The observed WISP3–IGF1 interaction correlates with significant biological outcomes. We demonstrate that WISP3 downregulates IGF1 induced hypertrophic changes such as collagen X induction, ROS production and alkaline phosphatase activity perhaps partly through blockade of Runx2 activation. Interestingly, both IGF1 and ROS also induce WISP3 expression. Taken together, our results suggest that enhancement of WISP3 expression by increases in IGF1 concentration and ROS accumulation may act as a trigger for WISP3 mediated negative regulation of IGF1 induced hypertrophy in chondrocytes at least partly through WISP3–IGF1 interaction.
Despite the existing sequence homology, distinct differences in the mechanism of action of the CCN proteins probably result from differences in conformation. Variances in conformation could arise from the disparity in the joining segments between the designated domains of the CCN proteins (Holbourn et al., 2008). While Cyr61, CTGF and WISP1 (CCN4) appear to play stimulatory roles during the different stages of chondrocyte hypertrophy and osteogenesis, Nov (CCN3) acts as an inhibitor of osteogenesis (Takigawa et al., 2003; Holbourn et al., 2008; Katsuki et al., 2008; Katsube et al., 2009; Ono et al., 2011). WISP3 (CCN6) on the other hand, regulates cartilage matrix homeostasis (Baker et al., 2012) and as demonstrated in the current study, controls chondrocyte hypertrophy.
Materials and Methods
The immortalized chondrocyte cell line C-28/I2 was derived from human juvenile costal cartilage and generated by infection with a replication defective retroviral vector expressing SV40 large T antigen (Goldring et al., 1994). Cultures of C-28/I2 cells were maintained in Dulbecco's modified Eagle's medium (DMEM) supplemented with 10% fetal bovine serum (FBS) (Gibco), 1× penicillin–streptomycin (Invitrogen) in a 5% CO2 incubator at 37°C and passaged at subconfluency every 5–6 days. HEK-293 (Human Embryonic Kidney) cells were maintained similarly in DMEM (low-glucose). Mouse chondrogenic ATDC5 cells were maintained with DMEM/F12 culture media supplemented with 5% FBS (Invitrogen), 1× penicillin–streptomycin (Invitrogen) and 10 mM HEPES (pH 7.4) at 37°C in a 5% CO2 humidified incubator. For chondrogenic differentiation, ATDC5 cells were incubated in DMEM/F12 media containing 1× ITS (insulin, transferrin and selenium) (Invitrogen) (Atsumi et al., 1990; Seki et al., 2003; Kim et al., 2012). For alginate three-dimensional culture, C-28/I2 cells were suspended in alginate solution: 1.2% sodium alginate, 150 mM NaCl, 20 mM HEPES and 1 mM CaCl2. Alginate-cell suspension was dispensed to sterile 100 mM CaCl2 solution using 22 gauge needle. The alginate beads containing cells were washed with culture media twice and plated. Cells were extracted from the alginate using 150 mM NaCl solution (Seki et al., 2003).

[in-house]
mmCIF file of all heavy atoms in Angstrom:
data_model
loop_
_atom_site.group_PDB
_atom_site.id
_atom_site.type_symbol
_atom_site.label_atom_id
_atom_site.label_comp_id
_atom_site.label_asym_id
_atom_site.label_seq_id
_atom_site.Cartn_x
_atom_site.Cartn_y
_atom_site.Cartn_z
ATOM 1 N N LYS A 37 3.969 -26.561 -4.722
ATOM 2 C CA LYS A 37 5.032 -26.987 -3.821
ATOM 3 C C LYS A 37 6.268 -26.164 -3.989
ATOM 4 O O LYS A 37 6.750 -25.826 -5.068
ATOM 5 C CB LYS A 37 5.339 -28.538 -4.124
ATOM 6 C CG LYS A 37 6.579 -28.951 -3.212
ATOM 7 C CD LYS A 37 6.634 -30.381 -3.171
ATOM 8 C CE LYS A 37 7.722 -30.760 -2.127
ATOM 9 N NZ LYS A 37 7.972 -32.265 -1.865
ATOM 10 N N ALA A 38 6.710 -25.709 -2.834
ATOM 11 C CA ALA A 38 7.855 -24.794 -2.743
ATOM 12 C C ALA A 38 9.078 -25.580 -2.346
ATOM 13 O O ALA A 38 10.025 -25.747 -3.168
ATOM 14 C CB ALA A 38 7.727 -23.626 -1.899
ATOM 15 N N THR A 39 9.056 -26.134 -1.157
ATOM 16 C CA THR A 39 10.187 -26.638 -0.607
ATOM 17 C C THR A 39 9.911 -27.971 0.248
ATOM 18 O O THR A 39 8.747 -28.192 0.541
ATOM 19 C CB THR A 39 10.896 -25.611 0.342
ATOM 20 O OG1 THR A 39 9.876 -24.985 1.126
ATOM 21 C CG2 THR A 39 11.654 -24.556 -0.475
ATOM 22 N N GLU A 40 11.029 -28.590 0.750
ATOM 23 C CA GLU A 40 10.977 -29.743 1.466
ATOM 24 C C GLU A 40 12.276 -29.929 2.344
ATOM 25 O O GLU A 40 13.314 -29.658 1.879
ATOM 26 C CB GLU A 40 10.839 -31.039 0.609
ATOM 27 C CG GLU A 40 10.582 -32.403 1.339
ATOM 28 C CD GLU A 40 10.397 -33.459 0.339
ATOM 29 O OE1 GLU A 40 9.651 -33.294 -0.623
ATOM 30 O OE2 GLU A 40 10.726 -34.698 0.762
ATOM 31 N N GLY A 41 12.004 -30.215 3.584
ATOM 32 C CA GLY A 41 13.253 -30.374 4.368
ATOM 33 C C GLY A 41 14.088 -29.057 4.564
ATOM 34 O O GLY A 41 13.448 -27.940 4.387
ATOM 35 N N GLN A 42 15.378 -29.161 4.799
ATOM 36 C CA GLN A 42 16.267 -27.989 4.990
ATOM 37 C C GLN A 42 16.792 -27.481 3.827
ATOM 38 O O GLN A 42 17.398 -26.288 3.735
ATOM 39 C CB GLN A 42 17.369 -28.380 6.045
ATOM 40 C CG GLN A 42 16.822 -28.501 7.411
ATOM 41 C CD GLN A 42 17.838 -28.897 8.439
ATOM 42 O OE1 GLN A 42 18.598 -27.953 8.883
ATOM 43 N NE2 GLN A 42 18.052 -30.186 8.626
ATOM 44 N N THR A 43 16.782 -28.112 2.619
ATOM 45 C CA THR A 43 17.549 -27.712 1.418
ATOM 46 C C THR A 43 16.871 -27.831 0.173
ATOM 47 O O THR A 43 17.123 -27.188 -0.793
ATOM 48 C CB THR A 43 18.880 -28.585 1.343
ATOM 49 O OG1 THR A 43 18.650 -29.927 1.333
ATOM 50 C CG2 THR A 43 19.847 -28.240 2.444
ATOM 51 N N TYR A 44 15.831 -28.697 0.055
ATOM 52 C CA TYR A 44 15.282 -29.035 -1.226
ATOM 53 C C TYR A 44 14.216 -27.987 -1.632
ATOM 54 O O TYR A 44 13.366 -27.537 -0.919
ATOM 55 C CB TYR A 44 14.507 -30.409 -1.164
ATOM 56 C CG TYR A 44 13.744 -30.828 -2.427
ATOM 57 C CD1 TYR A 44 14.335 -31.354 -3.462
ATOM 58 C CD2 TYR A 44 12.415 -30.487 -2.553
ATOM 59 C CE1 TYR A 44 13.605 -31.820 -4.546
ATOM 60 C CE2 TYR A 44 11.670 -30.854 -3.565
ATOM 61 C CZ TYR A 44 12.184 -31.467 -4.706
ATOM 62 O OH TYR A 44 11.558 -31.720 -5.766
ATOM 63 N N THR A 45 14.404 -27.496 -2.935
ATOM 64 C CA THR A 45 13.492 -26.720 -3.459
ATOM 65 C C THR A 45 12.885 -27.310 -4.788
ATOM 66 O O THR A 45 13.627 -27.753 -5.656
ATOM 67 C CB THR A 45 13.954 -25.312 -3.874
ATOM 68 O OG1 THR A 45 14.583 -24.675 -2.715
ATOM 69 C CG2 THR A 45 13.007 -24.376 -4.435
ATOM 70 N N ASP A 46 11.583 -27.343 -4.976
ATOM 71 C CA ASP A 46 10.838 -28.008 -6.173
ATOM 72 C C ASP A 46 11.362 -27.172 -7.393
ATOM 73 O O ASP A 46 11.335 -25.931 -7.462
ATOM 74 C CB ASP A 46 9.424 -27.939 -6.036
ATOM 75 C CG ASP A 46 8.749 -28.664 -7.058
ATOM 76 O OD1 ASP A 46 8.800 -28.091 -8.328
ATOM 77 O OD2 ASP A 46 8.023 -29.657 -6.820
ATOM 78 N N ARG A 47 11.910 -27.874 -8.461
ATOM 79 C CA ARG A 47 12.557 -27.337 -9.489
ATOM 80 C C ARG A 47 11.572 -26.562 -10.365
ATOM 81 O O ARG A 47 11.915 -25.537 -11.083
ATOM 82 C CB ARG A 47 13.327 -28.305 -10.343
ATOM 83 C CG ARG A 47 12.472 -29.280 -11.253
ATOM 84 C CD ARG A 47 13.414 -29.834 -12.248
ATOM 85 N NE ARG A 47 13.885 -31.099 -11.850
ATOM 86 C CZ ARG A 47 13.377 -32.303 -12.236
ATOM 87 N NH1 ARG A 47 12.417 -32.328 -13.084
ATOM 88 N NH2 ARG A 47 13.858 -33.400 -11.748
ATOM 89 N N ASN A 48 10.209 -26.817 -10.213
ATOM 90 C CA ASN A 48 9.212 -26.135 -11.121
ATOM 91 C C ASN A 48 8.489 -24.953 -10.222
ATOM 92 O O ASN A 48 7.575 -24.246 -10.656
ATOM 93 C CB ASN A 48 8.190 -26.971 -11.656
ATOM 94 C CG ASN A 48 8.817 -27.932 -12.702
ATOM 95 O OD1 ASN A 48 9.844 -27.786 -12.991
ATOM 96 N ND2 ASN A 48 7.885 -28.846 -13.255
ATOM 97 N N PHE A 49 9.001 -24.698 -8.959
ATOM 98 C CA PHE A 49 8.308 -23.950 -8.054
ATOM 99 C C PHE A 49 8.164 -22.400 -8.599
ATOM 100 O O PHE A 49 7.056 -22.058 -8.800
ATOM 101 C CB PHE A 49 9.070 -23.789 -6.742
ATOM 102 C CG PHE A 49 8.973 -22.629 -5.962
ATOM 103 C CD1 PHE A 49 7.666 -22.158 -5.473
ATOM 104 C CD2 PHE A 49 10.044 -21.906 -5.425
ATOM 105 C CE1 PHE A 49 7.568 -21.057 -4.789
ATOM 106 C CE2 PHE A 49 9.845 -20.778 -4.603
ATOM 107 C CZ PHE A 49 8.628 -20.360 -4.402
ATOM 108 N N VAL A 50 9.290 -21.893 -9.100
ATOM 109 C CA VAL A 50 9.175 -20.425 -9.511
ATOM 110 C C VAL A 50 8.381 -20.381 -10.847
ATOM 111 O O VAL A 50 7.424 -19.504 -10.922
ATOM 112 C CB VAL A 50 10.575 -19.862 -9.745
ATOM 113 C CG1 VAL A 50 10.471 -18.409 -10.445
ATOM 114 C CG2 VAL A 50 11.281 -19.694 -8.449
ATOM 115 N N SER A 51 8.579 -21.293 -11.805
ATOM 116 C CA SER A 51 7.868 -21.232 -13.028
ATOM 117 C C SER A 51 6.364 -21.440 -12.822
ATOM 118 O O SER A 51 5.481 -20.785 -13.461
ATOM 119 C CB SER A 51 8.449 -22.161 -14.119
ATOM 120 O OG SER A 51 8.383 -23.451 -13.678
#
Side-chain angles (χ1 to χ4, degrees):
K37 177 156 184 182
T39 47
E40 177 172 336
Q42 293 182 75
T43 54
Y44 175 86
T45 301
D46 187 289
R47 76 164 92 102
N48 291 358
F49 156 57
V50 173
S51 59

Cloning of WISP3 gene (AF100781) from human synovial fibroblast cDNA is explained in previous publications (Sen et al., 2004; Davis et al., 2006; Miller and Sen, 2007). For protein expression studies, WISP3 was subcloned in the pSecTag2 expression vector with His tag (Invitrogen). In order to prepare the IGFBP domain construct, the region that is homologous to the IGFBP domain was amplified from the WISP3 gene using the following primers; 5′-AATGCAAGCTTGATGCAGGGGCTCCTCTTCTC-3′ (forward) and 5′-AATGCACTCGAGCGTATGCACAC ACTCCAGTCTC-3′ (reverse) (Pennica et al., 1998). The resultant amplified IGFBP PCR product was gel purified, digested with HindIII and XhoI, and inserted into the HindIII and XhoI sites of pSecTag2 (Invitrogen). Mutant WISP3 (deletion of GCGCC conserved aminoacids from IGFBP domain of WISP3) was constructed using the following primers; 5′-GTGAGCCTGGTGAGAGATAAAATCTGTGCCAAGCAAC-3′ (forward) and 5′-GTTGCTTGGCACAGATTTTATCTCTCACCAGGCTCA C-3′ (reverse) by site directed mutagenesis kit as per manufacturer instructions (Stratagene, USA). For constructing the IGF1 expression vector, IGF1 was cloned from human mesenchymal stem cell cDNA obtained from Dr Martin Lotz, TSRI, San Diego, into the EcoRI and EcoRV sites of pcDNA 3.1 vector (Invitrogen). The primers used were 5′-GAACGAGAATTCCAGAAGCAATGGGAAAAATCAGC-3′ (forward) and 5′-GAACGAGATATCCTTCCTACATCCTGTAGTTCTTG-3′ (reverse). For protein expression studies of IGF1, FLAG tag was introduced in between EcoRV and XhoI sites of pcDNA 3.1 expression vector. All mutations were confirmed by DNA sequencing. For luciferase assay 3×RUNX2 LUC construct was prepared by designing primers encompassing three binding sites for runx2: 5′-AACCACC-3′ (Ducy et al., 1997; Zheng et al., 2003). The primers were annealed appropriately and cloned in between the SalI and BamHI sites of a luciferase reporter plasmid.